“Yes,” Hassler said.
The plumber shook his head almost wistfully, with a kind of pity. “Don’t know how you can do that kind of work.”
October 2, 2012 § 2 Comments
I’ve been thinking a fair bit lately about titular lines—those lines in a book or movie which include the title of the work (the preceding, for example, is the titular line of this blog post). The working title for the book I’m currently writing is Slash, and though I think it is the perfect fit in many ways, I’m mourning the opportunity to write a titular line. Since it is just a single word tied closely to the subject of the book, it seems I have the narrator or one the characters saying “slash” almost every other page, so none of the lines carry the important weight of titular line.
The titular line is important, and as such, it has often been made the subject of fun. If you haven’t seen the Upright Citizen’s Brigade sketch on the subject, do yourself a favor and click the picture to the right for a link to the youtube clip. UCB gets it so right here, the sketch spawned it’s own tumblr, examples included below.
What makes the fakes so funny is that the titular line is supposed to be important—much too important, as the clerk in the sketch points out, to be given “to some stow-away who arbitrarily walks through the scene.” But it is exactly this importance that the annoying customer is trying to hijack; the titular line is like a flag to the audience, alerting them to a thematically important part of the story, and Titular Line Guy wants to get to hold that flag.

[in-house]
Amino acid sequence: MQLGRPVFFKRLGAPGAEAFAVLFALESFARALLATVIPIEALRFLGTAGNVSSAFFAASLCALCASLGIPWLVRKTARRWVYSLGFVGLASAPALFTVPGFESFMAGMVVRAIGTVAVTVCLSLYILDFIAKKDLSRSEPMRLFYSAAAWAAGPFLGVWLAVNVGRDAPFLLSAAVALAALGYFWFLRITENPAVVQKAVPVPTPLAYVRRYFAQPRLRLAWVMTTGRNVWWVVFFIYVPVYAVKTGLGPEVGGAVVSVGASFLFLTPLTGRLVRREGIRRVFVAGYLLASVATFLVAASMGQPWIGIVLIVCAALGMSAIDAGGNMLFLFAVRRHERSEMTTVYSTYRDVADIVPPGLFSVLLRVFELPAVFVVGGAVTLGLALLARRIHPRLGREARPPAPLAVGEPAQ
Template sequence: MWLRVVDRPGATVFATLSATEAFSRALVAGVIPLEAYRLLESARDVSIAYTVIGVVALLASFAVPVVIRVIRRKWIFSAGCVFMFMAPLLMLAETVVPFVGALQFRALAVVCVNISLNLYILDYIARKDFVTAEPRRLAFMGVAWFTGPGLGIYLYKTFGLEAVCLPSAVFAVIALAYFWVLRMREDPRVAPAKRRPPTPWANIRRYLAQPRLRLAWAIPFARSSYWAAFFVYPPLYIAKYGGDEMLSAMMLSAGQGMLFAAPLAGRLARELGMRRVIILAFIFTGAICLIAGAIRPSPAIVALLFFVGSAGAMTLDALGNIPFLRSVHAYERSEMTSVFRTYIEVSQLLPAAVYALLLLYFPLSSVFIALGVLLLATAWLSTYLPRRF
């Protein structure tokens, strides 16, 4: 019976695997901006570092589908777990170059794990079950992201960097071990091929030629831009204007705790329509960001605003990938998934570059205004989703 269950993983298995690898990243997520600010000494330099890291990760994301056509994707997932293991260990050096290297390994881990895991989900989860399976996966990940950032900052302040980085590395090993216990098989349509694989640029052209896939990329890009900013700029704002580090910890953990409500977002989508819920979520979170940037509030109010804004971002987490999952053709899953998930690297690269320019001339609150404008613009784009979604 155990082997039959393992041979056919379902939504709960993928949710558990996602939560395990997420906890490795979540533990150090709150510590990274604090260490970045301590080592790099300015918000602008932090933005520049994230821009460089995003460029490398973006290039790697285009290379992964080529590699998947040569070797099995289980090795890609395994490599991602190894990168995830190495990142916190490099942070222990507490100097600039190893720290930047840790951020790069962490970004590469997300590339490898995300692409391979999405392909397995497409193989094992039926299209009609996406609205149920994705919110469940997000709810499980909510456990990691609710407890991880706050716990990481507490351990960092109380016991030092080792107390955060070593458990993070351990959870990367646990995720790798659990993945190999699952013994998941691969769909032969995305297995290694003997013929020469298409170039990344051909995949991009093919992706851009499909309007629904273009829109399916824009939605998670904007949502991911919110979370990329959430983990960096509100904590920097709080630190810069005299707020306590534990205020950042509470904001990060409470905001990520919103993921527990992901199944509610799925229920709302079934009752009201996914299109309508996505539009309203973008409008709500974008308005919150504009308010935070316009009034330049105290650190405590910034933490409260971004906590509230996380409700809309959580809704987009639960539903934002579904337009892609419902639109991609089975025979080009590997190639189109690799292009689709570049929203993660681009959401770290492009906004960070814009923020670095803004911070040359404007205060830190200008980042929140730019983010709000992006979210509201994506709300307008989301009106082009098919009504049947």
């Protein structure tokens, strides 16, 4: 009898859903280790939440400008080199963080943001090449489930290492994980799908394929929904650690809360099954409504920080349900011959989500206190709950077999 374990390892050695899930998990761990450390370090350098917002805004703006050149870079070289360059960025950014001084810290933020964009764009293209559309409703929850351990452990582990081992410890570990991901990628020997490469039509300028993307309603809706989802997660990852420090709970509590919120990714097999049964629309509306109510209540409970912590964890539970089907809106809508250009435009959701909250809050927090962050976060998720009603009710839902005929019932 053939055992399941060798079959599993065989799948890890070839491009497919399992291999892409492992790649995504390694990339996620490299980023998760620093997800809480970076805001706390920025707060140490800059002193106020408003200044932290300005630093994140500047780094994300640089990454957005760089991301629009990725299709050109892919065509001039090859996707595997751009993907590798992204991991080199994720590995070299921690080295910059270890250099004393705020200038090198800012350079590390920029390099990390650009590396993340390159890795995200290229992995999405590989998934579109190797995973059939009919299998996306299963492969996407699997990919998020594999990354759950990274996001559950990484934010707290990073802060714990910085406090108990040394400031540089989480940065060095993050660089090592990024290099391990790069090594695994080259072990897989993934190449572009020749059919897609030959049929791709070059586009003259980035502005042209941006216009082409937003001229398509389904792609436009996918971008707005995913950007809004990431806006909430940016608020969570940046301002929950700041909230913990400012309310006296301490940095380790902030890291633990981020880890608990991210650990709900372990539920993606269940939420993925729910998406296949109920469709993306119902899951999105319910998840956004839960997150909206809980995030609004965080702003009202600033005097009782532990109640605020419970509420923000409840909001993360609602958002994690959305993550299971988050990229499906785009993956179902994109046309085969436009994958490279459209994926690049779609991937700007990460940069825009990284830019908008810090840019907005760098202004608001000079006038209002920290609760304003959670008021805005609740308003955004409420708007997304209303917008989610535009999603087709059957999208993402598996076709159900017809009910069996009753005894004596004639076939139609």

I sympathize with him now that I’m writing a titular-lineless book. As an author, the titular line is like a special card you get to play once a story, your only chance outside the first and last lines to make sure the reader is paying you their full attention, not just reading for entertainment, but for importance. It’s akin to announcing to the reader, “This is important! It was in big letters on the cover—remember?—so listen up! This is almost as important as my embossed name and the full page photo of me looking thoughtful on the back cover.”
In making you think of the story as a book or a film with a title, the titular line can take you out of narrative. Even if it isn’t delivered by a random weirdo, this brief suspension of the suspension of disbelief can ruin the story. If it seems even a hundredth as arbitrary or obvious as these parodied examples, the narrative will seem contrived or shallow. There’s also the danger that someone will reach the titular line and say, “That’s all this book is about?,” and quit with the assumption there’s nothing more important to come.
When done well, though, I think the titular line can take the reader briefly out of the story in a good way: they might pause for a second and think about the implications; maybe look back at the cover, keeping their finger on the passage while thinking about the expectations it initially inspired; they’ll think of everything that has happened so far, and how it has changed their idea of the novel; and hopefully dive back in to the next paragraph, ready to see how their understanding of those now familiar words might change again before the final line.